UAT in an Agile Environment

by | Nov 14, 2019

In my previous discussion, I talked about Product owners being involved in the testing process. In some way, shape or form they are, whether they realize it or not. So with the current topic, it is a perfect segue: UAT in Agile testing. Depending who you talk to or read, there are different opinions, the yes and no side.

Yes, side:

With the user involved within the team, it makes sense for them to play with what is being changed so they can provide the feedback sooner.

No side:

Takes time, and the feedback loop occurs during the demo at the end of the sprint for future planning.

There are a lot more detailed arguments for both sides, and I don’t want to delve too deep into each before I discuss my thoughts on the topic. If you are at the QUEST 2017 conference in Chicago may be, we can meet up for a discussion over some beverages.

So here it is, what I think: I am on the yes and no side. Makes sense? Probably not, let me walk you through my logic and hopefully, it makes sense in the end.

If we look at it from a pure Static Testing view, it is most definitely a yes. Reviews and assurances that the stories have sufficient detail or will have enough detail as the sprint moves along are critical to have what you want in the end. In the beginning, it is a vague idea of what is wanted:

“As a (someone), I want (something), so that (there is a benefit)”

That at the beginning is pretty vague, although what happens is ideas start to flow, and things get into motion. When that happens, the vagueness lifts and more details are needed to ensure the endpoint. The key to all this is the fact that although there is no physical program to use in the early stages, the fact that the feedback loop early is a form of testing that the user has a lot of involvement.

So the code is done and being test within the team, what does the user do now? Aside from planning what is needed in the next few sprints, why can’t they start to look at what is being developed early? The caveat with this is that they need to be aware that it is first, and it may not correctly work as planned due to multiple reasons like environment, data availability, or general issues. From there, they can get that sneak peek that may help clear that picture up early.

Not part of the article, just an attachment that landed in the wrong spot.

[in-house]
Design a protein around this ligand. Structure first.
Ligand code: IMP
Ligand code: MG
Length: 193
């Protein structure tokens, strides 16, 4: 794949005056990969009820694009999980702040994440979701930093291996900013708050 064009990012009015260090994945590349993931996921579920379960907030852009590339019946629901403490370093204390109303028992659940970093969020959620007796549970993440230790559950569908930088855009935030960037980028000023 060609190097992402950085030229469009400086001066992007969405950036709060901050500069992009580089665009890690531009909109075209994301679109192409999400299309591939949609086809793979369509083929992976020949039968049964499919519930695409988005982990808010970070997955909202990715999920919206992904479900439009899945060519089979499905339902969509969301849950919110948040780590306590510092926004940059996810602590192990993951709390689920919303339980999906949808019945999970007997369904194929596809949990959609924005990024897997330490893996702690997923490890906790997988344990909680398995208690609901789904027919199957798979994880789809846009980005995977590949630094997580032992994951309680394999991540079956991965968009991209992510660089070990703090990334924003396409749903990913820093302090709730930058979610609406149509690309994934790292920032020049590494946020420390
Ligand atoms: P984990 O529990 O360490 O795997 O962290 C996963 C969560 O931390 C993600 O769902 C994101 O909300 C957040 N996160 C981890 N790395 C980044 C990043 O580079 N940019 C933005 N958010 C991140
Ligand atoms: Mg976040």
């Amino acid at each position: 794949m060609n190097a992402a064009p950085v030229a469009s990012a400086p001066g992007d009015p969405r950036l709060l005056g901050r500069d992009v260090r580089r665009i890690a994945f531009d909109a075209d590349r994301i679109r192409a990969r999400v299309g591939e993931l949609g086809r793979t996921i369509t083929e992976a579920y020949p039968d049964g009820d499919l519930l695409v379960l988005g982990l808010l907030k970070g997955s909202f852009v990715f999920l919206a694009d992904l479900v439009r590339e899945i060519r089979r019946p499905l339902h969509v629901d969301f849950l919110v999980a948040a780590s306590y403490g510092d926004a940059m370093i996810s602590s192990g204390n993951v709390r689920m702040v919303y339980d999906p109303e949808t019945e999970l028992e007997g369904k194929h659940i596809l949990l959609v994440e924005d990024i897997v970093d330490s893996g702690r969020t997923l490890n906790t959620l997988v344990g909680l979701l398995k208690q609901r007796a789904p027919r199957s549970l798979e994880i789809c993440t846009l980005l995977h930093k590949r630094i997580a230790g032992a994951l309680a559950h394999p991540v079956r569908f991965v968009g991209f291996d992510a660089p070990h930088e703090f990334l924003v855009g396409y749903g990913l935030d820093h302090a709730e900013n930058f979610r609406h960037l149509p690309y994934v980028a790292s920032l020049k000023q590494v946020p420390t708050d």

In the end, is all about the planning and timing of what can be done and by whom. Regardless of what methodology is followed, planning is needed, formal or informal, and as long as that plan allows for flexibility, great things can be easily achieved.

Now on to the No side. Sometimes the timing just doesn’t allow it, and the demo is the only time users would see what was developed during the sprint and provide the feedback needed. Or there is the preparation for future races that take up the time available to look at something early. These scenarios fall within scheduling and planning. Depending on how the team or organization operates, it might not be suitable for a valid form of UAT to occur. Now they could still do the Static type of testing, and that is usually what will happen to help improve the quality, there just won’t be any Dynamic testing.

The other reason it may not occur during a sprint could be that the changes are strictly back end or architecture in nature, and there would be really nothing for the user to see or do. They may play with the front end to see nothing has changed, yet that would be a quick set of activities.

Something that could occur is taking a sprint for full-on UAT when everything is completed, very counter-intuitive to what Agile is. That one clean cycle that shows that everything that was requested is there and working as expected. Usually, it would be a Beta test in the end.

It is all about planning, comfort level and maturity of a development group that would determine in the end if or when UAT occurs.

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